In recent months, the ways in which national and state health care laws could change dramatically have dominated headlines. However,in many cases, it's difficult to know for sure what forms these rules and regulations will take next, and how they will affect people across the country. With this in mind, it's vital for people and insurers to do as much as they can to educate themselves about these issues and create contingency plans that will allow them to keep coverage as high as possible.
Though the issue is controversial, it's important to remember that none of the health care proposals being talked about in the news today are even close to being finalized, according to a report from Barron's. With the prospect of millions of Americans losing coverage in the years to come if the current American Health Care Act proposal were to pass, experts also point out that a lack of choice among insurers is already effecting millions of Americans. About 1 in 3 counties nationwide only have one insurer offering coverage on the federally mandated exchanges, and premiums jumped 25 percent for 2017.
Seniors hit hard
Meanwhile, experts are concerned about the ways in which rising costs would impact older Americans, according to a report from The Motley Fool. The original Patient Protection and Affordable Care Act built in significant protections for people between the ages of 50 and 64, who are not yet eligible for Medicare, but that could all change under the AHCA.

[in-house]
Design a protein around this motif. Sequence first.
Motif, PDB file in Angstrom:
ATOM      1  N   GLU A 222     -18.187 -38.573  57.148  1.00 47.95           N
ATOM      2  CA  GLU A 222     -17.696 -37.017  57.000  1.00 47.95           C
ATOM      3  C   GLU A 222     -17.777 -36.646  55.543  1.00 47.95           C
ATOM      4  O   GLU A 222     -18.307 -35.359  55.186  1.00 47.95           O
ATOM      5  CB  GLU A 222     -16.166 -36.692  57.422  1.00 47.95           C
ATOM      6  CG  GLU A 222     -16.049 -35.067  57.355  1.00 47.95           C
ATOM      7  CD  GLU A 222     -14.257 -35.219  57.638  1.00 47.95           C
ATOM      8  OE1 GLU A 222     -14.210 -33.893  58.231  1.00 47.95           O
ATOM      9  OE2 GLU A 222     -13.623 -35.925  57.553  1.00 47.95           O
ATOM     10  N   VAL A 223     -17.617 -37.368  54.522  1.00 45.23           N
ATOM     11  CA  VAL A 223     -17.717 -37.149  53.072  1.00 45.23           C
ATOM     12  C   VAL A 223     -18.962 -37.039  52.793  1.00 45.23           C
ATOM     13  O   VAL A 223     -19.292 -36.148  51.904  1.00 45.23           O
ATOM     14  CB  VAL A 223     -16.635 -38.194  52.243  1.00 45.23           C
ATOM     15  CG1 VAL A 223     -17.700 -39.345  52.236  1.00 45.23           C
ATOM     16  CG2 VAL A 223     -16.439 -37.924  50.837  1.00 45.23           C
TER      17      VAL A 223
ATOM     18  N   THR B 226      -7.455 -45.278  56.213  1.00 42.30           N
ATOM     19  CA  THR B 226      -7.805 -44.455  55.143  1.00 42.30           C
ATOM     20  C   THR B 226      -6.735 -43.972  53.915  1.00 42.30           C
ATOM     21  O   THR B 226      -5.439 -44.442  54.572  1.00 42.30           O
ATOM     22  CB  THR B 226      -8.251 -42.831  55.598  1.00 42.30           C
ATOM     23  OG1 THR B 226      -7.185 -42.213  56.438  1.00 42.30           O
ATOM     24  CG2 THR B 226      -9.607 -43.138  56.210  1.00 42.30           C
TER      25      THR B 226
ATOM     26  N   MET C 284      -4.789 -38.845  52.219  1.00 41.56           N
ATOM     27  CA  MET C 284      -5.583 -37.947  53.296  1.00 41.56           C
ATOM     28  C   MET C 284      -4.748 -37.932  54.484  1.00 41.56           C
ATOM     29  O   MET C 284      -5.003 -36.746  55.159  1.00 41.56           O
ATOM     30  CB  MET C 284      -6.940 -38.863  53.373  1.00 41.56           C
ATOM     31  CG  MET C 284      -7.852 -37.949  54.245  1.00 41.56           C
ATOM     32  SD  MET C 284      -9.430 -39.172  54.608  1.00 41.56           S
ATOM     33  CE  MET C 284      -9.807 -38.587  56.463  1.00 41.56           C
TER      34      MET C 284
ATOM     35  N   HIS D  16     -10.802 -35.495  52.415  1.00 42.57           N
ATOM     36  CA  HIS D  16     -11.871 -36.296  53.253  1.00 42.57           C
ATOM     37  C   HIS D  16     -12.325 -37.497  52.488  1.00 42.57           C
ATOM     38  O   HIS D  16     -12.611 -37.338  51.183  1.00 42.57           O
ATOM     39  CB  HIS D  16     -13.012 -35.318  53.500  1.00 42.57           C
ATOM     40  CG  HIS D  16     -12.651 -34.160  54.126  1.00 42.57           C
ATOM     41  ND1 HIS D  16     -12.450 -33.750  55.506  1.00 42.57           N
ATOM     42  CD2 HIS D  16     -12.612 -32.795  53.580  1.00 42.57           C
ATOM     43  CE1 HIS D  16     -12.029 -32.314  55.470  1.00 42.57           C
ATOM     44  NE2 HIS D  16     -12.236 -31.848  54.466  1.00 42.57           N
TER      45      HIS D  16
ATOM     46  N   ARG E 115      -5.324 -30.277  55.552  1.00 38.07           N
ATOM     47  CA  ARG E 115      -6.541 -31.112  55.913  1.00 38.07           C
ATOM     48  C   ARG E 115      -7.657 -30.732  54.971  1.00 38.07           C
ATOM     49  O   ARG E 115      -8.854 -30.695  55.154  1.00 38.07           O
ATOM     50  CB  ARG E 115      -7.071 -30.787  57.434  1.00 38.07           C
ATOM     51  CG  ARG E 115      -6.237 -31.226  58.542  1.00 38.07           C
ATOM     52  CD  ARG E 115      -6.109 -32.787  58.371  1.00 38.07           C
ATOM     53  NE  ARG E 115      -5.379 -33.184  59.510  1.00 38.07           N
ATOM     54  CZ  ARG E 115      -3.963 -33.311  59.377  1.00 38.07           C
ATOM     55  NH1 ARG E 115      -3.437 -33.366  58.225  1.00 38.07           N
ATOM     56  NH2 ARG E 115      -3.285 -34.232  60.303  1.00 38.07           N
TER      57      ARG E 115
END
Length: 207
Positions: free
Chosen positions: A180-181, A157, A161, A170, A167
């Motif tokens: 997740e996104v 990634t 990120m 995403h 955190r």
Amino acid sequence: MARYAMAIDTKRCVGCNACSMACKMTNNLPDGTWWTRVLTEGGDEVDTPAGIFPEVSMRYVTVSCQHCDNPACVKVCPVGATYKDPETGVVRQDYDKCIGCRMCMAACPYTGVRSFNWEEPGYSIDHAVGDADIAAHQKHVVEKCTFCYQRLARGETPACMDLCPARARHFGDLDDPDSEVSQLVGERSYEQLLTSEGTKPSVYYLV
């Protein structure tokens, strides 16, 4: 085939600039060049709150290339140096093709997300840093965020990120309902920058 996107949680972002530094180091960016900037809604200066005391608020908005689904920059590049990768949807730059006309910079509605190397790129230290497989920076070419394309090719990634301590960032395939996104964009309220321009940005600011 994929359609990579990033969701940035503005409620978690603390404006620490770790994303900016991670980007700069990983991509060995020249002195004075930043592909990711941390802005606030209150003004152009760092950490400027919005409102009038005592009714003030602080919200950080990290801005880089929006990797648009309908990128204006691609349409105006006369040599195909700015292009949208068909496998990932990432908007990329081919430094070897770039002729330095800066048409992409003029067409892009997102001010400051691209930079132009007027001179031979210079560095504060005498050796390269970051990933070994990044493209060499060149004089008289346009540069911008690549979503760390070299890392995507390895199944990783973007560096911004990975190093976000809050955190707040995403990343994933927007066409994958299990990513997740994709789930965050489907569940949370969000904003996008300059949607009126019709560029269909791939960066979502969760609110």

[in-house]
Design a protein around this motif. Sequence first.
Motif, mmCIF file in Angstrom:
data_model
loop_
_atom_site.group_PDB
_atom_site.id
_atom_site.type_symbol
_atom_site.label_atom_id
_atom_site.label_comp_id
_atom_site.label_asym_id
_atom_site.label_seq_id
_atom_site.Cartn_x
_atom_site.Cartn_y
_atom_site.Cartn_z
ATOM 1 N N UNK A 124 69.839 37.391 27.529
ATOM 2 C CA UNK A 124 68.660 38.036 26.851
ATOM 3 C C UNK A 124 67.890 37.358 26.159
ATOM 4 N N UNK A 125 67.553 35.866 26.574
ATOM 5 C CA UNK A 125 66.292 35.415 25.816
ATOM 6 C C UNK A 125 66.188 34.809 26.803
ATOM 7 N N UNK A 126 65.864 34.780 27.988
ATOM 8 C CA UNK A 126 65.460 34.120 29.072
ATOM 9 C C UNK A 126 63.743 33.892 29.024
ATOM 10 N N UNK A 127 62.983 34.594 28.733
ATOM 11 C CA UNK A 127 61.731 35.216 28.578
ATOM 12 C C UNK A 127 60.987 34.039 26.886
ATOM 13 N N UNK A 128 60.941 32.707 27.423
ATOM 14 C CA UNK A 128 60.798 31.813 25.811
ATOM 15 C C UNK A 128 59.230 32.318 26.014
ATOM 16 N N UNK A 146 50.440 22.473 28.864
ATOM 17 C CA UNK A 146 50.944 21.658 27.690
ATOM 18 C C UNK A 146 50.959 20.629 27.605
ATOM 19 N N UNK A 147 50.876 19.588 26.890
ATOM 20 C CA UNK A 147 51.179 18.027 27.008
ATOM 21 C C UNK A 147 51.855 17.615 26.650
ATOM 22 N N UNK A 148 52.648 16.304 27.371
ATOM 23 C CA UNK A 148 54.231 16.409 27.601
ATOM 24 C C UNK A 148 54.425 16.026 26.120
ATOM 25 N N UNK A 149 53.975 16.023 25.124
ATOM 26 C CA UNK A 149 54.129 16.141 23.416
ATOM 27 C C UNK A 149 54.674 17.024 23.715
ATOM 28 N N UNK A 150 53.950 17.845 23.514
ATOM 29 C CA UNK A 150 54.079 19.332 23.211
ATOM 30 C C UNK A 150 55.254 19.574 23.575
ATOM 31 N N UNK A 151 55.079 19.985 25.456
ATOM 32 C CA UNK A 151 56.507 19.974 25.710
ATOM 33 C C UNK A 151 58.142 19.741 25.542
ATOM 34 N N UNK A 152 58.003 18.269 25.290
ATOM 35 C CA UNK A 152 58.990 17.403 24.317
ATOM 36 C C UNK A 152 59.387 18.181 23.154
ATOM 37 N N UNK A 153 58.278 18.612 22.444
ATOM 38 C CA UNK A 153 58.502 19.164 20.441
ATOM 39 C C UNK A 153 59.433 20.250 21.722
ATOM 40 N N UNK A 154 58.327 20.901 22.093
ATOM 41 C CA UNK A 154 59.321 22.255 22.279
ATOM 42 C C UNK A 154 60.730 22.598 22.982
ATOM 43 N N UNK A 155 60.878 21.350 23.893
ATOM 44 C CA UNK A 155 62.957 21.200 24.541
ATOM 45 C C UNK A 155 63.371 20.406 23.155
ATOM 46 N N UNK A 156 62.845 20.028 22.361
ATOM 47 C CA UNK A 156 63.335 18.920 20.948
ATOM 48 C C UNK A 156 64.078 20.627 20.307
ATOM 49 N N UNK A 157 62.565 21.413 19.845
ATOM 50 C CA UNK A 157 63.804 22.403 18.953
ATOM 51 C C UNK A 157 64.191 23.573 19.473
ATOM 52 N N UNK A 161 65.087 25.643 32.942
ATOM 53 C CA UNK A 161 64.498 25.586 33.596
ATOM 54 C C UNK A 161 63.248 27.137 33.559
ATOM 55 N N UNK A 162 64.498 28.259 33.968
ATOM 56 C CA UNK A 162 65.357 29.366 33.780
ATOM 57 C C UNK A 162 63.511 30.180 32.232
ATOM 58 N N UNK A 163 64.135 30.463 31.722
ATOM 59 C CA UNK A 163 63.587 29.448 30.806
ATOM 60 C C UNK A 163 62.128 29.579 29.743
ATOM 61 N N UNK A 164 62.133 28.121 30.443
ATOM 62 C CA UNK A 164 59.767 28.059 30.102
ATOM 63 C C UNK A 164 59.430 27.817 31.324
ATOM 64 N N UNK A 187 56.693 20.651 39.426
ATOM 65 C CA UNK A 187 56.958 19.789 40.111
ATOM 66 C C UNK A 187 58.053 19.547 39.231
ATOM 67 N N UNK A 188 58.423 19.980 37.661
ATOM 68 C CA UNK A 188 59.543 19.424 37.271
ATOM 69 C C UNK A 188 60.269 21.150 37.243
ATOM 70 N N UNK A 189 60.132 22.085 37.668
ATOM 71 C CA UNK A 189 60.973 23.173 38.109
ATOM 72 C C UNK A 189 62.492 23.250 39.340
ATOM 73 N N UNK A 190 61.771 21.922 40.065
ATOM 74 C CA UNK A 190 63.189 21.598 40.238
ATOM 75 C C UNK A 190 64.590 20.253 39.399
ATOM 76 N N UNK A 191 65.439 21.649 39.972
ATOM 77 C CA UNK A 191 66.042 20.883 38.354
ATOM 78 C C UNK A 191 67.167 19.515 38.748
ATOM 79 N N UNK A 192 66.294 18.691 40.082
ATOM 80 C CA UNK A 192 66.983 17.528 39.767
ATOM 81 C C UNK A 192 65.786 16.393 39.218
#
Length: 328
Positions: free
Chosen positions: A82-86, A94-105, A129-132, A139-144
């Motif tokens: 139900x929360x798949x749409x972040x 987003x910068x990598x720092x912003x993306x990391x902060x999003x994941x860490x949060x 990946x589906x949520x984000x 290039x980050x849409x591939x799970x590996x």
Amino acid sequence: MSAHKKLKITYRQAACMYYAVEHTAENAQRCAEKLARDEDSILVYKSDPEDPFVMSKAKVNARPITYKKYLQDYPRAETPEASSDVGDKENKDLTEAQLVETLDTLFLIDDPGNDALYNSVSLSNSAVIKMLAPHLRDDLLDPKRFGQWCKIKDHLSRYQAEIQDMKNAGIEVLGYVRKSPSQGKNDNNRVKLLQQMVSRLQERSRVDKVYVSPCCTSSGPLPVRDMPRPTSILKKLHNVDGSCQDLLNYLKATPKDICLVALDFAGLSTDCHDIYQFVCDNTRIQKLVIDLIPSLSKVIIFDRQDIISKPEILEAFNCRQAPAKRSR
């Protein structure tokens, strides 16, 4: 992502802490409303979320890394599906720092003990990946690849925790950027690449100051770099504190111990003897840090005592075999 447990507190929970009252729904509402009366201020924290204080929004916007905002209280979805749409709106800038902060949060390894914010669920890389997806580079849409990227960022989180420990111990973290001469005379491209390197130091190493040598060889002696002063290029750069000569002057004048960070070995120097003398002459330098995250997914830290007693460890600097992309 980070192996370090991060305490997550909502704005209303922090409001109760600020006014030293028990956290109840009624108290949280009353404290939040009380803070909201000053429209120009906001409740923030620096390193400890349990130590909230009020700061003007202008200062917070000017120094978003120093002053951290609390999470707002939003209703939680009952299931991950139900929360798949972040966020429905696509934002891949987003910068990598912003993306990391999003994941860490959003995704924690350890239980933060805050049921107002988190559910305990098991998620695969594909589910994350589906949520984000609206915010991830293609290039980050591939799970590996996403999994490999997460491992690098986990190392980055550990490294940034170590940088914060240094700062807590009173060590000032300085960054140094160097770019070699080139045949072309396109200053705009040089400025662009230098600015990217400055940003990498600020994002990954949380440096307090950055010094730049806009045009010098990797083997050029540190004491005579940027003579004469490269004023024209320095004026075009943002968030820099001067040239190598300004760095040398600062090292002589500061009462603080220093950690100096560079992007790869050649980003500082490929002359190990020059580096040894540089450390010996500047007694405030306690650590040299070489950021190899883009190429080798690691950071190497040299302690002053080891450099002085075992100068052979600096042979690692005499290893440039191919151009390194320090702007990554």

The impact of the rule changes would likely cost older Americans thousands of dollars per year, with some estimates showing nearly half of all people in this age group would see at least some uptick in their costs. And in general, the older the person, the more costly their coverage would be, the report said. One analysis of the proposal by the AARP found that a 64-year-old with an income of $15,000 annually could see their premiums rise by as much as $8,400.
Young people also impacted
In addition, younger Americans would likely also see their coverage situations change significantly, according to a report from National Public Radio. While many millennials simply don't have health insurance at all, and instead pay a fine at the end of each year for not doing so, there could be a dramatic shift if the AHCA passes as written.
"You're starting pre-ACA with an uninsurance rate of about 29 percent for young people. We see that uninsurance rate drop, over the course of the last five, six years to about 16 percent," Jen Mishory who heads an advocacy organization for millennials' health insurance, told the news organization. "That's thanks to many factors, the expansion of Medicaid, for one, and children being able to stay on their parents' insurance until age 26."
For all these reasons, it's vital for Americans of all ages to carefully assess how these proposals would end up affecting their coverage, and what they might be able to do to continue to afford their premiums.